What property and perils are excluded from most homeowner policies?
Most homeowner policies provide coverage that does not apply to animals, birds, fish, automobiles and business property; for loss or damage caused by flood, surface water, water which backs up through sewers or drains, earth movement, nuclear damage, war, etc. Section II coverages (personal liability and medical payments) do not apply to the operation, ownership, use, etc., of any aircraft, automobile, recreational motor vehicle, water craft powered by more than 50 horsepower motor; bodily injury or physical damage caused by an intentional act of the insured. It must be noted that these are a mere sample of property and perils not covered. A complete review of your policy is the only way to determine what property is covered and what perils are insured against. Also, there are specific limits of coverage on property insured under the homeowner’s policy such as money, securities, water craft, theft of jewelry, silverware, and/or guns.
Why does my policy show a limit for 'Other Structures' when I do not have any other structures?
The homeowner policy is a package policy designed over 50 years ago and those that designed it felt everyone should get for free: 10% Other Structures; 30% Contents; 20% Loss of Use; $100,000 Bodily Injury to Others and $1,000 Medical Payments to Others. There is no premium charge for these coverages- only for MORE coverage- and there is no way to remove the coverage.
Our sump pump failed and the insurance company is denying our claim because the water backed up through our sewers. Can they do this?
Most insurance policies exclude water damage from water that backs up through sewers or drains. You may wish to contact your agent and inquire about putting an endorsement on your policy, which would cover sewer back up.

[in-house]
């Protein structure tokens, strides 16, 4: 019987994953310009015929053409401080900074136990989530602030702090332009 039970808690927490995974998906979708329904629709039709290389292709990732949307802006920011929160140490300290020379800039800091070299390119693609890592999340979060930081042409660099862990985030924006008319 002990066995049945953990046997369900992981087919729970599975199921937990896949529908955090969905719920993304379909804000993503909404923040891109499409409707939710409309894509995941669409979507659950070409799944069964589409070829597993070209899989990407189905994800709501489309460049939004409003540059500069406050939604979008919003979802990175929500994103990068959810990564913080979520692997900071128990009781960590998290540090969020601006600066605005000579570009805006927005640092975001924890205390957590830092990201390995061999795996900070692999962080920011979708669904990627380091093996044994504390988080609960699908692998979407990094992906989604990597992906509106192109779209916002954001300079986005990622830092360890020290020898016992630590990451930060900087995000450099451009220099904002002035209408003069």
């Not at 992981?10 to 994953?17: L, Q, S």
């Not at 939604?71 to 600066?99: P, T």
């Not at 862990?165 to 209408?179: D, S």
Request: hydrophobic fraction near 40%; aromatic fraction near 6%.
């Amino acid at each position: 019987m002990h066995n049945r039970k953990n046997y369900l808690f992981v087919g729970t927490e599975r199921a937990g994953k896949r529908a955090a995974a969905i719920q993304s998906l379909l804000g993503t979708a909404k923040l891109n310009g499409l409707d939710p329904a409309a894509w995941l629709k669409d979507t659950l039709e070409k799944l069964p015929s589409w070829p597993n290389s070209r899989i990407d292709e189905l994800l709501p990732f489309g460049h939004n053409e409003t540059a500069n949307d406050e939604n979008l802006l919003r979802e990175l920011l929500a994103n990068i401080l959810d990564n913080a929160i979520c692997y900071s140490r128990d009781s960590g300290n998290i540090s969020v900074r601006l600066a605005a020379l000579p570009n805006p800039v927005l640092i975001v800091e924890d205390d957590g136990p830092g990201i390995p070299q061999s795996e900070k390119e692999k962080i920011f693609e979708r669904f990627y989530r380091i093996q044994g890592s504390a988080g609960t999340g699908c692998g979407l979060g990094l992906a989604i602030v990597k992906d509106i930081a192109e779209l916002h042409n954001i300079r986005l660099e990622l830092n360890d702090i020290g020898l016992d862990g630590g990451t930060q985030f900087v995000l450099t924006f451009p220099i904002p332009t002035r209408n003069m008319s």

During a storm, a tree from my neighbor’s yard fell and destroyed my fence. Does my homeowner’s policy pay for the damage or does my neighbor’s policy?
Generally, your own policy should cover the loss. Your insurance company may be able to recover the amount it pays you for the loss and your deductible from the homeowners insurance that your neighbor may have if the loss occurred as a result of your neighbor’s negligence.
Doesn't my condo association carry enough insurance to take care of me?
When you live in a condo or co-op apartment, you enjoy many of the advantages of home ownership, but you don’t actually own the building that you live in. As a result, home insurance for condo and co-op owners is different from homeowners insurance. A specialized form of homeowners insurance, called HO-6, addresses the needs of condo owners. There is a master policy held by the Condo Association or Co-op Board that generally covers the building and its common areas in case of covered losses. However, as a condo owner, you need insurance to protect your personal property from fire, lightning, explosion, storms, vandalism and theft and more. These are just a few of the named perils (specific risks) typically covered by an HO-6 policy. These coverages protect your personal belongings in the event of loss. As a condo owner, you also need to insure improvements you may have made to the structure of your unit, like private entry ways, garages, additions, balconies, and specialized fixtures. If these were not part of the original structure of your unit, then these improvements should be covered by your condo insurance policy to properly protect your investment. Note that master policies differ from condo association to condo association. Be sure to know exactly what is covered by the master policy, and make sure that your HO-6 coverage takes care of the rest.